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Known for Being

The first professional writer to take a critical approach to women's stories or novels written by Arab women.

The first Arab woman to have a literary salon.

A key Lebanese figure in the Arab literary scene in the early 20th century.

Major Accomplishments

May Ziade was a key Lebanese figure in the Arab literary scene in the early 20th century who firmly established herself as a vibrant female voice in what was clearly a man's world at the time. She was a journalist, but also wrote fiction with strong female characters, poetry, and political-cultural books, and magazine articles often on the condition of Arab women.

She questioned the social norms and cultural values of the period, and addressed issues of Arab patriarchy. Ziade played a pioneering role in "introducing feminism into Arab culture," according to writer and critic Hossam Aql, who credits her as being "the first to use the term 'the women's cause'. With a command of nine languages, Ziade was unrivaled during that period of Arabic literature. She arrived in Egypt with her family around 1907 and held popular weekly salons for the predominantly male Egyptian literary elite and intellectuals. Among those who attended her salon on a regular basis are: Mahmoud Abbas al-Aqad, Taha Hussein, Antoine Gemayel, Mustapha Sadeq al-Rifae, Hafiz Ibrahim, and Khalil Moutran. She is recognized as a pioneer literary figure who addressed women's causes in the early 20th century.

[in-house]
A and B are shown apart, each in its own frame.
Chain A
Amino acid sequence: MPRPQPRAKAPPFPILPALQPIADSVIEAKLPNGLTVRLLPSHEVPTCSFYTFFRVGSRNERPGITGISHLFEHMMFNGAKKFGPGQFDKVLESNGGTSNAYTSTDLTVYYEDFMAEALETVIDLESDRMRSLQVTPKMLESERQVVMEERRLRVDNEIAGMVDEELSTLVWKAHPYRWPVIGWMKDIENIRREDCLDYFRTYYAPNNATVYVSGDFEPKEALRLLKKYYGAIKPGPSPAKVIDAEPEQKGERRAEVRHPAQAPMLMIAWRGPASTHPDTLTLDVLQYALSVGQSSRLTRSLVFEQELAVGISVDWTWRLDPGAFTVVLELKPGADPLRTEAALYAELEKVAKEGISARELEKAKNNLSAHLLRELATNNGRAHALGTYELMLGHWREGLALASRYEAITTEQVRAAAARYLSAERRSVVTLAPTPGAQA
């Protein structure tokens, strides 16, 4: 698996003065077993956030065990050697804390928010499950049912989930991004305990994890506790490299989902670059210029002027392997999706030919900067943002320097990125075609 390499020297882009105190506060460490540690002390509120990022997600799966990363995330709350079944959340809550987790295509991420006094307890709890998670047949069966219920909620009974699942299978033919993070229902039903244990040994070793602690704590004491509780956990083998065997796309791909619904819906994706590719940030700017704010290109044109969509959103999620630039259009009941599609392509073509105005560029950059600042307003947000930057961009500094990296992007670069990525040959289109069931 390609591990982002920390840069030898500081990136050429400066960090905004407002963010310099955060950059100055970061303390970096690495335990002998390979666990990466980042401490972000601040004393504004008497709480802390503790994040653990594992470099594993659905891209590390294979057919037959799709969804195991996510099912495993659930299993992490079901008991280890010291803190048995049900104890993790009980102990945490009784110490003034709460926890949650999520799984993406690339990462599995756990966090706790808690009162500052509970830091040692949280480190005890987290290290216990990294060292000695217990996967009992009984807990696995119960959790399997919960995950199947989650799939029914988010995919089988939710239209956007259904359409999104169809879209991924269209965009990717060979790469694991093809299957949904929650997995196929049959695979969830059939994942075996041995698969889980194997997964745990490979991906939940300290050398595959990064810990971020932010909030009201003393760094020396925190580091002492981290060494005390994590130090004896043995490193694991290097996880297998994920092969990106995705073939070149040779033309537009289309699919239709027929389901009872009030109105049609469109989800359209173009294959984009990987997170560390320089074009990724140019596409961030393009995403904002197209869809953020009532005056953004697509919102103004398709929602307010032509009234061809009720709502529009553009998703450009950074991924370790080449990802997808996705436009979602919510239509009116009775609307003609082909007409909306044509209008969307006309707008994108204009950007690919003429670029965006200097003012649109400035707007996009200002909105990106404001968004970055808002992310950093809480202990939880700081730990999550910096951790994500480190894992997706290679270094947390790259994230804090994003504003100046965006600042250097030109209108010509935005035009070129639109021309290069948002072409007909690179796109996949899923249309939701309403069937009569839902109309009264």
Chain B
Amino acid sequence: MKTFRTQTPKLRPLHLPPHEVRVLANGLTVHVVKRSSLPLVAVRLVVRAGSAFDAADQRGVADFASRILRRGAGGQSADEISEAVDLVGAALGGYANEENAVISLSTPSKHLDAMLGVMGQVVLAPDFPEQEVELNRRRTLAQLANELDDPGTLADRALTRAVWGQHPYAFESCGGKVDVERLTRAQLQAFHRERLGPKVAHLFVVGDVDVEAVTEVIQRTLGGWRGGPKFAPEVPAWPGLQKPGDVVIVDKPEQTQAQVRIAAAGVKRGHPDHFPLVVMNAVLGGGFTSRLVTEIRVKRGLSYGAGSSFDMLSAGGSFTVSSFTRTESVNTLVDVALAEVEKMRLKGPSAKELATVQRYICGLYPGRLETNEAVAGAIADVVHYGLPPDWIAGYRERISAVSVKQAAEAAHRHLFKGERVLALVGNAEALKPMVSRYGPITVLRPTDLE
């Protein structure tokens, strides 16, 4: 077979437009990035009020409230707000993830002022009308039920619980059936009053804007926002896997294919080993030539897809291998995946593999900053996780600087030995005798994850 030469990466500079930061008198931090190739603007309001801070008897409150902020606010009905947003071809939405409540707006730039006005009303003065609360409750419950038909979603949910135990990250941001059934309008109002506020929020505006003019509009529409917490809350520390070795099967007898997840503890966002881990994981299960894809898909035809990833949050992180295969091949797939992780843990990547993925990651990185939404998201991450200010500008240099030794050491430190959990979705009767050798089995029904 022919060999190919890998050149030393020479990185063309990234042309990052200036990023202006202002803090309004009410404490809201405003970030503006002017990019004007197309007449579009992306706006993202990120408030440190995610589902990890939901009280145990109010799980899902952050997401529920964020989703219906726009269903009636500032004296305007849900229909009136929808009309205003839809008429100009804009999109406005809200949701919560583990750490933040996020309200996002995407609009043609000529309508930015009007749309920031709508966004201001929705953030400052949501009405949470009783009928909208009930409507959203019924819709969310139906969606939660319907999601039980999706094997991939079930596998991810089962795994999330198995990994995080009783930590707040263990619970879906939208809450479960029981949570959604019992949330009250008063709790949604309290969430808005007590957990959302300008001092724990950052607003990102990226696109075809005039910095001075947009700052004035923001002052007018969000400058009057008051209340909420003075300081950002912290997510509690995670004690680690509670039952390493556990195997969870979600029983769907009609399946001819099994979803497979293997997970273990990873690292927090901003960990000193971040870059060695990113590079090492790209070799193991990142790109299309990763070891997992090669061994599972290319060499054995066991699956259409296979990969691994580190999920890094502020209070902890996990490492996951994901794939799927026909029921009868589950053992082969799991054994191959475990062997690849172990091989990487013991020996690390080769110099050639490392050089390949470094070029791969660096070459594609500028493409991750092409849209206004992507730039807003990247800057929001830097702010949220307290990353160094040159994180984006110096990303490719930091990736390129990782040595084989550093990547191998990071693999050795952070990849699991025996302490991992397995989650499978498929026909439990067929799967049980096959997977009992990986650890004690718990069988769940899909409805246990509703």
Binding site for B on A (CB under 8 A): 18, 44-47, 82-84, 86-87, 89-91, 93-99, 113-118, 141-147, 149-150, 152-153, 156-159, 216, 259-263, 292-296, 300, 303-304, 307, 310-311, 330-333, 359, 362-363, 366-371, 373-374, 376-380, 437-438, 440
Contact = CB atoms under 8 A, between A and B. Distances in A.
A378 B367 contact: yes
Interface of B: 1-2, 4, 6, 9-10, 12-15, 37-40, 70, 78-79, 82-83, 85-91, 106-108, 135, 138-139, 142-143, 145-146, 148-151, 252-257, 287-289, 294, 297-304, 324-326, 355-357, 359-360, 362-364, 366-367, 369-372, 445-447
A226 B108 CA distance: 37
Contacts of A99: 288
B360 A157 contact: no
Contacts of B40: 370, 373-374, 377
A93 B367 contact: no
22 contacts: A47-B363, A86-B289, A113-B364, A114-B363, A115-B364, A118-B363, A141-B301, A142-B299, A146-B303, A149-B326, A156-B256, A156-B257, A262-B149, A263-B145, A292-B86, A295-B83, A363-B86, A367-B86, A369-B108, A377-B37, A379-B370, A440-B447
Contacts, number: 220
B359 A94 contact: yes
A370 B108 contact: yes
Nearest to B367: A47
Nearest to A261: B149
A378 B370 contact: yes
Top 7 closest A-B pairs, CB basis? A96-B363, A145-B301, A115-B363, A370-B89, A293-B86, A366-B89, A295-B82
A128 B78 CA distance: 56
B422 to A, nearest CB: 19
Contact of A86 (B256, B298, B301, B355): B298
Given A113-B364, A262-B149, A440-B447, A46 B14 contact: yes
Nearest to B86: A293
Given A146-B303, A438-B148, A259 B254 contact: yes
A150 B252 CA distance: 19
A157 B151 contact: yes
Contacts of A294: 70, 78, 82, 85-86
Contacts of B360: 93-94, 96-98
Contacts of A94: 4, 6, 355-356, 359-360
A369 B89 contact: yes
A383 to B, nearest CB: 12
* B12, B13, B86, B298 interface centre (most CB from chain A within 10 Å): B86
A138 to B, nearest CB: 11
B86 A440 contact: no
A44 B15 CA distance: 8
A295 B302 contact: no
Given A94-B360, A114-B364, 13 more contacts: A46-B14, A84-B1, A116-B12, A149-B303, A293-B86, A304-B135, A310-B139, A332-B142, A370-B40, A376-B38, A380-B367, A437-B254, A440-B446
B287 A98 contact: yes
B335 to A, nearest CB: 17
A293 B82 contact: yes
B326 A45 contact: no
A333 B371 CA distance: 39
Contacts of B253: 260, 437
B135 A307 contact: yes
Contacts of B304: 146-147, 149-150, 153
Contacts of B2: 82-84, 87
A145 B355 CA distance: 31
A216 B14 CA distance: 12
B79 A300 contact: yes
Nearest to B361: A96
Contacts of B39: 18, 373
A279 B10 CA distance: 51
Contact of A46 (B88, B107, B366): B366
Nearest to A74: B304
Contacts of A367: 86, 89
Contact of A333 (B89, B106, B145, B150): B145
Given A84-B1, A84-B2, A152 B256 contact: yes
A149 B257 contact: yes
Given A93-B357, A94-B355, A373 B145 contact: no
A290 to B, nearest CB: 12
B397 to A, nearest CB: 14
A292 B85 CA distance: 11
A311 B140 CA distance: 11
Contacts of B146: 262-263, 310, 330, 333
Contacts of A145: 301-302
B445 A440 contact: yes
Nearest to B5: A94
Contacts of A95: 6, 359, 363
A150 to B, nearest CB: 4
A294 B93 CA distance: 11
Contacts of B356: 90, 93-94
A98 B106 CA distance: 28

Last modified: 01/09/2019

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